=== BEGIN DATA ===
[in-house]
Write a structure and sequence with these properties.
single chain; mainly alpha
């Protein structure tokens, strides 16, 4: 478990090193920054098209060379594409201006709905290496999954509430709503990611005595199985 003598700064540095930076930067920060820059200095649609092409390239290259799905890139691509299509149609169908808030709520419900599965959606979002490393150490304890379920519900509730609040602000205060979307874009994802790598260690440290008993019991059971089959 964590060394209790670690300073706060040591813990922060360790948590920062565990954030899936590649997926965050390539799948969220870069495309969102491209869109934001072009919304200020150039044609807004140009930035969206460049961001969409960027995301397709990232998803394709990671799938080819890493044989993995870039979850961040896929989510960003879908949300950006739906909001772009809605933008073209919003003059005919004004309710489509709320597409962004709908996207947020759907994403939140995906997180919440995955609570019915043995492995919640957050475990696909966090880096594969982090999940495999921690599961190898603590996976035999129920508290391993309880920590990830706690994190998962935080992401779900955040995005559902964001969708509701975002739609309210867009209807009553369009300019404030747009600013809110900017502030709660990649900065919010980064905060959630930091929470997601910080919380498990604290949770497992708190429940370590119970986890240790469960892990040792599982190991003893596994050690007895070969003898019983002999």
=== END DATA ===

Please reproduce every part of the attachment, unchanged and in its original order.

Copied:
[in-house]
Write a structure and sequence with these properties.
single chain; mainly alpha
């Protein structure tokens, strides 16, 4: 478990090193920054098209060379594409201006709905290496999954509430709503990611005595199985 003598700064540095930076930067920060820059200095649609092409390239290259799905890139691509299509149609169908808030709520419900599965959606979002490393150490304890379920519900509730609040602000205060979307874009994802790598260690440290008993019991059971089959 964590060394209790670690300073706060040591813990922060360790948590920062565990954030899936590649997926965050390539799948969220870069495309969102491209869109934001072009919304200020150039044609807004140009930035969206460049961001969409960027995301397709990232998803394709990671799938080819890493044989993995870039979850961040896929989510960003879908949300950006739906909001772009809605933008073209919003003059005919004004309710489509709320597409962004709908996207947020759907994403939140995906997180919440995955609570019915043995492995919640957050475990696909966090880096594969982090999940495999921690599961190898603590996976035999129920508290391993309880920590990830706690994190998962935080992401779900955040995005559902964001969708509701975002739609309210867009209807009553369009300019404030747009600013809110900017502030709660990649900065919010980064905060959630930091929470997601910080919380498990604290949770497992708190429940370590119970986890240790469960892990040792599982190991003893596994050690007895070969003898019983002999």